BREAM (Abramis), a fish of the Cyprinid family, characterized by a deep, strongly compressed body, with short dorsal and long anal fins, the latter with more than sixteen branched rays, and the small inferior mouth. There are two species in the British Isles, the common bream, A. brama, reaching a length of 2 ft. and a weight of 12 lb, and the white bream or bream flat, A. blicca, a smaller and, in most places, rarer species. Both occur in slow-running rivers, canals, ponds and reservoirs. Bream are usually despised for the table in England, but fish from large lakes, if well prepared, are by no means deserving of ostracism. In the days of medieval abbeys, when the provident Cistercian monks attached great importance to pond culture, they gave the first place to the tench and bream, the carp still being unknown in the greater part of Europe. At the present day, the poorer Jews in large English cities make a great consumption of bream - and other Cyprinids, most of them being imported alive from Holland and sold in the Jewish fish markets. In America the name bream is commonly given to the golden shiner minnow (Abramis chrysoleucus), to the pumpkin-seed sunfish (Eupomotis gibbosus), and to some kinds of porgy (Sparidae).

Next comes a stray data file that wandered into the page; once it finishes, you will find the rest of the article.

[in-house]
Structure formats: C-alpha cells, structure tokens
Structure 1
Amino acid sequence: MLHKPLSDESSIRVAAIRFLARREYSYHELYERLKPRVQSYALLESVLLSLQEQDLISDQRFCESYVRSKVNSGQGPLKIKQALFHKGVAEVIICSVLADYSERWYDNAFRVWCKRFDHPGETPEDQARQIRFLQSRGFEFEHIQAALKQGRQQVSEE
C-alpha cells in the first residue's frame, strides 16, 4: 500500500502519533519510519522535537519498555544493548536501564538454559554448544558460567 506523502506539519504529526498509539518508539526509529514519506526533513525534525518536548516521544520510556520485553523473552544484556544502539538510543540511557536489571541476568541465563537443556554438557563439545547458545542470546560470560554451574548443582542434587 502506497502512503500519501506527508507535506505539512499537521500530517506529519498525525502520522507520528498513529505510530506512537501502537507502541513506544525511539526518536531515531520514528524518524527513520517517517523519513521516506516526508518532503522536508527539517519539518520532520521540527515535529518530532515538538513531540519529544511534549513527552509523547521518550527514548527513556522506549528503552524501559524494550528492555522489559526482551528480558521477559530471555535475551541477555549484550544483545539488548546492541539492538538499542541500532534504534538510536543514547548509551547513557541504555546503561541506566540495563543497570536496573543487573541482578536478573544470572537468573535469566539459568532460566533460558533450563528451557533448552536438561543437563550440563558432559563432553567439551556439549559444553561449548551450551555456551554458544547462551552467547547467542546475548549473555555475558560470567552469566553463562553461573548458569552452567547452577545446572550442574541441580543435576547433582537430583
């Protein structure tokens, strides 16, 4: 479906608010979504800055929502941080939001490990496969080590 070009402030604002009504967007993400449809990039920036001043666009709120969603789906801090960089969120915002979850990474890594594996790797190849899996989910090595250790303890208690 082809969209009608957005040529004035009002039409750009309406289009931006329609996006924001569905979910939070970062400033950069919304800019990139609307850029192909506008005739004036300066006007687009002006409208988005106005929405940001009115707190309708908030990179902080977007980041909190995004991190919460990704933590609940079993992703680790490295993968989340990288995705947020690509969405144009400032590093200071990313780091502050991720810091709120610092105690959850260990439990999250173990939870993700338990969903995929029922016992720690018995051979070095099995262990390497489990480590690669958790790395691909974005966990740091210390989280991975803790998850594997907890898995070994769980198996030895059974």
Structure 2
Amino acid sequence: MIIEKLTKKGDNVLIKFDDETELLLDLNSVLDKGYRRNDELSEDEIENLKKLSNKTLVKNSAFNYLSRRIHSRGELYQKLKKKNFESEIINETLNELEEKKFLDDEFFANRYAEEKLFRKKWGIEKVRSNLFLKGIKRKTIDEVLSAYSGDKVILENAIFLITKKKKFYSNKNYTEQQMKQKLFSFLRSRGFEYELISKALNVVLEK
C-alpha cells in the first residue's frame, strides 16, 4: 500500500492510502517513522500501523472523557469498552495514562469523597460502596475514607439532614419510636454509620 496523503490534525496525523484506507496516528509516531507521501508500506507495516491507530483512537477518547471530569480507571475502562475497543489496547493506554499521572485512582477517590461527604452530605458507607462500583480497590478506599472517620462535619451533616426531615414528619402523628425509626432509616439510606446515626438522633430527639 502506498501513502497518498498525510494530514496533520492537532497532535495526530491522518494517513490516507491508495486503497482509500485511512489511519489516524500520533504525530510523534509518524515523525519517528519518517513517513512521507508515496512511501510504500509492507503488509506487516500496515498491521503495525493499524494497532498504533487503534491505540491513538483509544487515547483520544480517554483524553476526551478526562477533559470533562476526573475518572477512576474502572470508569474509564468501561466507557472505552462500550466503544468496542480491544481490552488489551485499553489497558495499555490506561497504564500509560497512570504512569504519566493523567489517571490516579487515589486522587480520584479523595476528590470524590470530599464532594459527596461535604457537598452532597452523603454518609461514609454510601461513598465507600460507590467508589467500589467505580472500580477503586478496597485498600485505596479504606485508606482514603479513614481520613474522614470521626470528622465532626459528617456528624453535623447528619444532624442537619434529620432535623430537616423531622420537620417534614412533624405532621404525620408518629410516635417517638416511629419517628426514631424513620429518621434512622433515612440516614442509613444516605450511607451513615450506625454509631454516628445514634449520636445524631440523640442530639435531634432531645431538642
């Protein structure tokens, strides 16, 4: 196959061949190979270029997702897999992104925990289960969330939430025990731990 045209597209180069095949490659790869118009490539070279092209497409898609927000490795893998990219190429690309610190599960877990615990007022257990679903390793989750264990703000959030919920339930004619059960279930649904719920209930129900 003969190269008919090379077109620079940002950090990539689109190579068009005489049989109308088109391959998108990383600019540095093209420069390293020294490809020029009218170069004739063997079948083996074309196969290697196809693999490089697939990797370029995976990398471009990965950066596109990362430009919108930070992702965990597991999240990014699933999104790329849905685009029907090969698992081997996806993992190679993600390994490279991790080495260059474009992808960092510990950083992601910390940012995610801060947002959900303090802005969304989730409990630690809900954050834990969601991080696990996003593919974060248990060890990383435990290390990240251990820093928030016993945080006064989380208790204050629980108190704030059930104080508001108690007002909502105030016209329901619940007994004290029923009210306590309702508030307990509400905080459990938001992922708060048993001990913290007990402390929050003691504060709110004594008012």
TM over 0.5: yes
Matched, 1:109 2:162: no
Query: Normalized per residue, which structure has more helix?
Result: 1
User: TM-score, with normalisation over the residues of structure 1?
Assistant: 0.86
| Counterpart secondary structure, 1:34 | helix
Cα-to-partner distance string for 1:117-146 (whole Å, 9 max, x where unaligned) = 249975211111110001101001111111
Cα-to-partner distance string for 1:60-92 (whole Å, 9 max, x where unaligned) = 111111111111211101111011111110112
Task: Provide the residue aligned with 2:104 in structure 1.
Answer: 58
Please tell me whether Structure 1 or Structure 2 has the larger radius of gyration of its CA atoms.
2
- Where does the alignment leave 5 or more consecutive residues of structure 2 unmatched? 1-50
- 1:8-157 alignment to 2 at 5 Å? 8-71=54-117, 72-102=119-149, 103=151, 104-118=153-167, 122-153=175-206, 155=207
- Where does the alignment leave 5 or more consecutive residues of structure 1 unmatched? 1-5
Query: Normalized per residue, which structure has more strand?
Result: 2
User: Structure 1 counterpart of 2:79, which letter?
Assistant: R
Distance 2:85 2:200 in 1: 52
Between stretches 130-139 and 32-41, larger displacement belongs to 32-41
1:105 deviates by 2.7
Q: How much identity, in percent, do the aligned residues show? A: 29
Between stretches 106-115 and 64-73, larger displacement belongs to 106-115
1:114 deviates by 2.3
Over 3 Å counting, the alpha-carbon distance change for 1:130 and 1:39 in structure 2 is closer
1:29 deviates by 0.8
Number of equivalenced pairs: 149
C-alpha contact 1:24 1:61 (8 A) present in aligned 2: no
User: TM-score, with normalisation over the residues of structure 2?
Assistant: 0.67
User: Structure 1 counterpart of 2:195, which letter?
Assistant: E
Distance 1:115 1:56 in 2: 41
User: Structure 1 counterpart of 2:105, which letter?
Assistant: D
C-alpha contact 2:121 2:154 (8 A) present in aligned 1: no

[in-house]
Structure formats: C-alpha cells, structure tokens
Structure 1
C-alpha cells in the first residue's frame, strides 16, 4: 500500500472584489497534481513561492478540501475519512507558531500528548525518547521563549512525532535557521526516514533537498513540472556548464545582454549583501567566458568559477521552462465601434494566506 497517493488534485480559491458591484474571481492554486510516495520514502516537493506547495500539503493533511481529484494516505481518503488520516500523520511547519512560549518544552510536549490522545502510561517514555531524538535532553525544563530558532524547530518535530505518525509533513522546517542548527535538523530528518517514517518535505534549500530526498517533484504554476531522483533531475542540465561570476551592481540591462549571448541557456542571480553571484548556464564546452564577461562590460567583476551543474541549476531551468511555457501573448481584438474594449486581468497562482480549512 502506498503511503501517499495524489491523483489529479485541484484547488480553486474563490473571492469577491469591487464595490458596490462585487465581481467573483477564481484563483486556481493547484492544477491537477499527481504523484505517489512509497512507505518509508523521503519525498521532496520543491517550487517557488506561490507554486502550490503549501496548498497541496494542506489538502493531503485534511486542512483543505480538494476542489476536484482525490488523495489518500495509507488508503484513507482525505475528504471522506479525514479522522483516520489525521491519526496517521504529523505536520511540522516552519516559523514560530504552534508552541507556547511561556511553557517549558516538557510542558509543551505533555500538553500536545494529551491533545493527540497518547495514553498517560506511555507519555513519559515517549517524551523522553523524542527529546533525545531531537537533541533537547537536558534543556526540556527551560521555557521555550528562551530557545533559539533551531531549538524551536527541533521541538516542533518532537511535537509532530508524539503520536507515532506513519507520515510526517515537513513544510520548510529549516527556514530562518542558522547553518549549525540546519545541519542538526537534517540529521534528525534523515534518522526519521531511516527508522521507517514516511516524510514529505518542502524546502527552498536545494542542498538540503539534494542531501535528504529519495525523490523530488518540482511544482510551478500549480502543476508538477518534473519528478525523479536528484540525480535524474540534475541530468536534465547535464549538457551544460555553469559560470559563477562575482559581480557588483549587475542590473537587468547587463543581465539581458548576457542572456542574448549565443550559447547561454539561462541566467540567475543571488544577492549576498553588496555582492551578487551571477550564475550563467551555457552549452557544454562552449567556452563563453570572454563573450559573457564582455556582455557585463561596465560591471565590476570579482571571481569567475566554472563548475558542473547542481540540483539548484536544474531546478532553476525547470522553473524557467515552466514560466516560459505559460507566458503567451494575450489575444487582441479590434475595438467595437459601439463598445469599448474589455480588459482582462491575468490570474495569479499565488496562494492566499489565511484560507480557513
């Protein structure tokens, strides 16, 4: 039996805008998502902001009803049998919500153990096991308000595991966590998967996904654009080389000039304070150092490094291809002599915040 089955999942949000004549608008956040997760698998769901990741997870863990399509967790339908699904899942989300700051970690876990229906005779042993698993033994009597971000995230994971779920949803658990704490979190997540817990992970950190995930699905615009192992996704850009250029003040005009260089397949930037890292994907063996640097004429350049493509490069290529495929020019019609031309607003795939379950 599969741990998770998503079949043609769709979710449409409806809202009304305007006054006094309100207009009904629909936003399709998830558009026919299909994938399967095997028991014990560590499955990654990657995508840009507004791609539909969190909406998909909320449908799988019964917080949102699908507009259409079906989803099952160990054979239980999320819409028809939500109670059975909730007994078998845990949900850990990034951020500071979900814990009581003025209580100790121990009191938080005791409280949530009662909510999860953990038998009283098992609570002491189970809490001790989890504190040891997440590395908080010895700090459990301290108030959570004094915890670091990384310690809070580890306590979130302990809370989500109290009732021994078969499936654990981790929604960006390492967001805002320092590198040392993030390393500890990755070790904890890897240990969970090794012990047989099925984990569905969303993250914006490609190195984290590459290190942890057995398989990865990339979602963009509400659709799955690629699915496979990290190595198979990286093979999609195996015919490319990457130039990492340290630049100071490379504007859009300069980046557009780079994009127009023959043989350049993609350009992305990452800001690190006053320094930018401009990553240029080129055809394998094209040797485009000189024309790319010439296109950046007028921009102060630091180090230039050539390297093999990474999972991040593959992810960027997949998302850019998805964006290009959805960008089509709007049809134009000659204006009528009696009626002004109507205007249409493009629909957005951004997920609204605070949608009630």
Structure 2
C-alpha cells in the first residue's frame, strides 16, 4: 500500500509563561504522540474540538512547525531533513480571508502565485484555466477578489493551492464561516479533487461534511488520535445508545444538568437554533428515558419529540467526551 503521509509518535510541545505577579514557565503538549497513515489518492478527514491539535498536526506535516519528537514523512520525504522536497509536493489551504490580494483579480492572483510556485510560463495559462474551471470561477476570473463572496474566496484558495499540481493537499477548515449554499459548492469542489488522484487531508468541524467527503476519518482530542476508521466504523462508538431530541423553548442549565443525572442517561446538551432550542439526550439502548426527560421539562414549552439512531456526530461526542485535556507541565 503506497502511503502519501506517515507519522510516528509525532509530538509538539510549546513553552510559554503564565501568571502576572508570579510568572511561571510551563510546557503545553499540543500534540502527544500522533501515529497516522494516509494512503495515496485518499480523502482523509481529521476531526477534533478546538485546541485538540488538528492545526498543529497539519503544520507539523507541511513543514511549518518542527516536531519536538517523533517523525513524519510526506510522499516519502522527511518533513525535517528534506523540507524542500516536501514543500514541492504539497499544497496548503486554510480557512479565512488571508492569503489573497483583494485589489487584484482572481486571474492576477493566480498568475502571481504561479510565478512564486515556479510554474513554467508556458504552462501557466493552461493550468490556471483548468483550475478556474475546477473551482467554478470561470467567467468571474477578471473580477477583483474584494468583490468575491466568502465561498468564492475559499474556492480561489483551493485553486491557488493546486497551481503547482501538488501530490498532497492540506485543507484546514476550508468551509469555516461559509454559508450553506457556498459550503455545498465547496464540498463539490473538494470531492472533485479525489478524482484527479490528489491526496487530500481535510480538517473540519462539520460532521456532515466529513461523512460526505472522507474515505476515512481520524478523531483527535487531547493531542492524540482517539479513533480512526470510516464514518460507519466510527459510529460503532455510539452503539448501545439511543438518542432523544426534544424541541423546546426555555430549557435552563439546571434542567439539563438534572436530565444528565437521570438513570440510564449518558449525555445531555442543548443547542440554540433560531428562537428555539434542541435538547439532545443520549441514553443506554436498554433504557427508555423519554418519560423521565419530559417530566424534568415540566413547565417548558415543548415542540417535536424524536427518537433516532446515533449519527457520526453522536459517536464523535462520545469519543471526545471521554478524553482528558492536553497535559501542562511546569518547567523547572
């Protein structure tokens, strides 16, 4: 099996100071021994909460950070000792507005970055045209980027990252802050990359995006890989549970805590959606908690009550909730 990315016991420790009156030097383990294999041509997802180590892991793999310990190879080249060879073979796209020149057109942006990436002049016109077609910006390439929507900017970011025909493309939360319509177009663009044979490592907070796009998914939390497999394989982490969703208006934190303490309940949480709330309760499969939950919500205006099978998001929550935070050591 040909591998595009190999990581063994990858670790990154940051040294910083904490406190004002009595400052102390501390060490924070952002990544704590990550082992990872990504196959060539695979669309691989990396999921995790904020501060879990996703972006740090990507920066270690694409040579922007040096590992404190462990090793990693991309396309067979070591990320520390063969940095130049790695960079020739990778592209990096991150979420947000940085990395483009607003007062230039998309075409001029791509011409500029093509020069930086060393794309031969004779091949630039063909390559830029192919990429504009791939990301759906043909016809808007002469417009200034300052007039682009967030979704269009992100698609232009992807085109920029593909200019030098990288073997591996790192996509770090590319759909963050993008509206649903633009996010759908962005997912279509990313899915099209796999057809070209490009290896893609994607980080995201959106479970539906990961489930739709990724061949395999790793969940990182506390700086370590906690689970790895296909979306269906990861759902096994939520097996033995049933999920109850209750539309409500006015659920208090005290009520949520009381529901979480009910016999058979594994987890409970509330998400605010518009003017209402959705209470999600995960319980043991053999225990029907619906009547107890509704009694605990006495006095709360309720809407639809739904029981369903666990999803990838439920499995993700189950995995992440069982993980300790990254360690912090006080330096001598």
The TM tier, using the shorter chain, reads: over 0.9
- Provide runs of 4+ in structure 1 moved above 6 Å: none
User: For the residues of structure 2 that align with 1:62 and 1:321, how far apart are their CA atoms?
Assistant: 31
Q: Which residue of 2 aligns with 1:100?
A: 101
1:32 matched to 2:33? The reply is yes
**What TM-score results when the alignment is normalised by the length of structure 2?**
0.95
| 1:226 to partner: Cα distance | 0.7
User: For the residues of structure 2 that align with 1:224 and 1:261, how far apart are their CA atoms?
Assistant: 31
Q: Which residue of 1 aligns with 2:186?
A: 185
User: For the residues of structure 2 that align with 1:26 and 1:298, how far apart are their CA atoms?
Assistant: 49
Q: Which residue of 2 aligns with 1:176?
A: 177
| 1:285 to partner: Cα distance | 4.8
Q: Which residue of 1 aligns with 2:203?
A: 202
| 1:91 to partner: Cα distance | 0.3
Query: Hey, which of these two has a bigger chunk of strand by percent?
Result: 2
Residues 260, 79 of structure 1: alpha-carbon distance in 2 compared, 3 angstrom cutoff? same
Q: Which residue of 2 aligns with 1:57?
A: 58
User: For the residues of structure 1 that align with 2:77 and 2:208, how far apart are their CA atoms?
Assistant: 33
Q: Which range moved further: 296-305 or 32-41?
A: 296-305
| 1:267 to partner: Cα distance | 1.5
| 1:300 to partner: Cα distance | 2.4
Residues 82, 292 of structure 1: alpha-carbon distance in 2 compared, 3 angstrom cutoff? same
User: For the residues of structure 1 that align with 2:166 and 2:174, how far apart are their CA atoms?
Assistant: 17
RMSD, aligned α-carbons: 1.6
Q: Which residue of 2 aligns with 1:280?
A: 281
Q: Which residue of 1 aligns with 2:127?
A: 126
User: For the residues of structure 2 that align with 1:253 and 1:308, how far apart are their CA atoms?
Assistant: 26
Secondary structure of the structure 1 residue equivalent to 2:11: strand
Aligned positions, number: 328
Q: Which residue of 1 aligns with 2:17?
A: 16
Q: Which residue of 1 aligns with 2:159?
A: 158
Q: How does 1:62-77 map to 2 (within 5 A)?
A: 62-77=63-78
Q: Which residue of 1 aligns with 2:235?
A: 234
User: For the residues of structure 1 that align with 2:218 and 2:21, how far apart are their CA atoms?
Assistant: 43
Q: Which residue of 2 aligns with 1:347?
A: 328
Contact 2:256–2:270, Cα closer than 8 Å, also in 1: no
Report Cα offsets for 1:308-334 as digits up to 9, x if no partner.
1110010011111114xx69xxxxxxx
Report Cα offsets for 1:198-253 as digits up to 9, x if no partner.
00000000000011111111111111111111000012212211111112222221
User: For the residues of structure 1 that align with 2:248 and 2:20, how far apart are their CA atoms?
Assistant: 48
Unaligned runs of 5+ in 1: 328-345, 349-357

Note - this article incorporates content from Encyclopaedia Britannica, Eleventh Edition, (1910-1911)